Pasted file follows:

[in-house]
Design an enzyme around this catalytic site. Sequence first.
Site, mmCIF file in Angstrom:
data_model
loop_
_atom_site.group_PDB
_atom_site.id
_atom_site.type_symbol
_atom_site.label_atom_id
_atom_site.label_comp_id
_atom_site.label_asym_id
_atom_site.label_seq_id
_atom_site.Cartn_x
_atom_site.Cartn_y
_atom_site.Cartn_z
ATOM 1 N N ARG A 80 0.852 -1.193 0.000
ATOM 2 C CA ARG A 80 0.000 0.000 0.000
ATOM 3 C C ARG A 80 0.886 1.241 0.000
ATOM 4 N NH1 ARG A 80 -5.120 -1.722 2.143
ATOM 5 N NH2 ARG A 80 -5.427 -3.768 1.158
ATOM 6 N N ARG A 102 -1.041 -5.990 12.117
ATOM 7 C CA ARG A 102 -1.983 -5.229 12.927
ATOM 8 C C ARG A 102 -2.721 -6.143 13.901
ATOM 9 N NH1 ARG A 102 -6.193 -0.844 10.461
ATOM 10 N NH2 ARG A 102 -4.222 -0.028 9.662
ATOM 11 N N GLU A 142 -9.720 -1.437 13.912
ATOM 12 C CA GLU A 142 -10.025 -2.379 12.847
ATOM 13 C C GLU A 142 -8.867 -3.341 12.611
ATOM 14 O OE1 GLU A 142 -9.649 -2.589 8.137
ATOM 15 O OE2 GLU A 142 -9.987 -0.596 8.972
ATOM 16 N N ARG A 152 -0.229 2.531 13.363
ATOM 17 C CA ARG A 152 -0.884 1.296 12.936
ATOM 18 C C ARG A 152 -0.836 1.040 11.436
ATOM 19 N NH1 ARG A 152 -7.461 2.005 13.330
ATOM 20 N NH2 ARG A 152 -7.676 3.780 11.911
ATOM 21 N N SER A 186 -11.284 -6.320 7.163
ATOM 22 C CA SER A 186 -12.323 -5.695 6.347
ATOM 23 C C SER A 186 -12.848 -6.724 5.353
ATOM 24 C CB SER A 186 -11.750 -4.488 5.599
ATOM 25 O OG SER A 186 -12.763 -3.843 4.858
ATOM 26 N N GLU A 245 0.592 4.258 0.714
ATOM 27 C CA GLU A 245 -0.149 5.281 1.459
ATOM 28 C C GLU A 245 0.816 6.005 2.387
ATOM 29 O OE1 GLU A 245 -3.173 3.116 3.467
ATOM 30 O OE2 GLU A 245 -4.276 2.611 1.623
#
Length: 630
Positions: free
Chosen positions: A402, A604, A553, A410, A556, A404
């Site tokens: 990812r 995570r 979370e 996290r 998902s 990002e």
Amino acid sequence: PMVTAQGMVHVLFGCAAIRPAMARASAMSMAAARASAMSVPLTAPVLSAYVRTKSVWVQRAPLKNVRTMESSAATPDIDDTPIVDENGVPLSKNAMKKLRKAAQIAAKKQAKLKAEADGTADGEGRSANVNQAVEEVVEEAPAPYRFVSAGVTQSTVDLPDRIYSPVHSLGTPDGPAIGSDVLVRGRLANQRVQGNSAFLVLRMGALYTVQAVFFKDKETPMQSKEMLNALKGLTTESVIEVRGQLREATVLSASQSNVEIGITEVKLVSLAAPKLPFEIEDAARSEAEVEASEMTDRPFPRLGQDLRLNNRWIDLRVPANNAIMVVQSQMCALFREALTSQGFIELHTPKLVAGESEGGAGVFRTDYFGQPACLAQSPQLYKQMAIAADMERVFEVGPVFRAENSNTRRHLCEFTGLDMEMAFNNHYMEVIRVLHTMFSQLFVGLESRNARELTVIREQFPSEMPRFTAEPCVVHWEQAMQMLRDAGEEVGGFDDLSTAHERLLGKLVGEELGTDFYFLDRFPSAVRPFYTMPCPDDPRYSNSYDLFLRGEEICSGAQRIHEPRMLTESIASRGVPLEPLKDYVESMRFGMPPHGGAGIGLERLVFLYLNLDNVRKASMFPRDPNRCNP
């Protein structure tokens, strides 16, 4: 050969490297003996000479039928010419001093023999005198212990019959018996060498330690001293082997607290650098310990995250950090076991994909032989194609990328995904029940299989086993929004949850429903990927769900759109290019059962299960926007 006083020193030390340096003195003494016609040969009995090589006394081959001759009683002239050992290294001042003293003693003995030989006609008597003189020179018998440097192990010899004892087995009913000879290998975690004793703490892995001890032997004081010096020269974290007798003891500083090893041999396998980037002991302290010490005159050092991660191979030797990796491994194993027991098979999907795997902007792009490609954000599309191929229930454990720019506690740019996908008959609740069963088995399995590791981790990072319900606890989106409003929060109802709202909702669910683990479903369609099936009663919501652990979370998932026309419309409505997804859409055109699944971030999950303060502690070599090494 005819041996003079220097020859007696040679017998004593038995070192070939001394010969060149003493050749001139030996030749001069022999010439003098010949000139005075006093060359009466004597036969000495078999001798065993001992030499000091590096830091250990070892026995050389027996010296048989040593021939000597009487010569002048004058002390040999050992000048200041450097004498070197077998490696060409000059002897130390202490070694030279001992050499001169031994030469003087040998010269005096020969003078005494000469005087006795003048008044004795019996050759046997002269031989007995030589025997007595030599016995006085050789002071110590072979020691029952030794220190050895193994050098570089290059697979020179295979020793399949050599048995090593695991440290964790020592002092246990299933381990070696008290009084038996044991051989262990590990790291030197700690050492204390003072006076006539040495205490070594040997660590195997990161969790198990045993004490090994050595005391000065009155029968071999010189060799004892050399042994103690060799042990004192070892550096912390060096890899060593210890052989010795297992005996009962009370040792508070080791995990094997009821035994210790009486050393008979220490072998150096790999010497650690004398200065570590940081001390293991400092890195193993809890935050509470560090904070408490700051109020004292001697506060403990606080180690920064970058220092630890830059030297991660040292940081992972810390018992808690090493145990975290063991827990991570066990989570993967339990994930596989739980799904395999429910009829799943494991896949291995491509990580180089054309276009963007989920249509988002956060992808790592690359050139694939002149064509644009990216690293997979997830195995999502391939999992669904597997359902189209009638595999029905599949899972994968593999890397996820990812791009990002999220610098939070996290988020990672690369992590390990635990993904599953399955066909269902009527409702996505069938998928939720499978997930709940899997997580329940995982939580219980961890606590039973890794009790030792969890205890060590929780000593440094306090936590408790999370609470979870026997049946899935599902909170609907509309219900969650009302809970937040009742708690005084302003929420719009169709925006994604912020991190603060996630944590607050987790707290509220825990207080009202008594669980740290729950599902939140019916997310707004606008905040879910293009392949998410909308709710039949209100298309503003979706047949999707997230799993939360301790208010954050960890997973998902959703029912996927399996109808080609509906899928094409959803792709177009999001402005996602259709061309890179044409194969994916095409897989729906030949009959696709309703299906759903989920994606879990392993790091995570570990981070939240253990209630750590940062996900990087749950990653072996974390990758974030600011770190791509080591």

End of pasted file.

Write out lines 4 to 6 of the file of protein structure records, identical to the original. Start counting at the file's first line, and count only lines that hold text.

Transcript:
data_model
loop_
_atom_site.group_PDB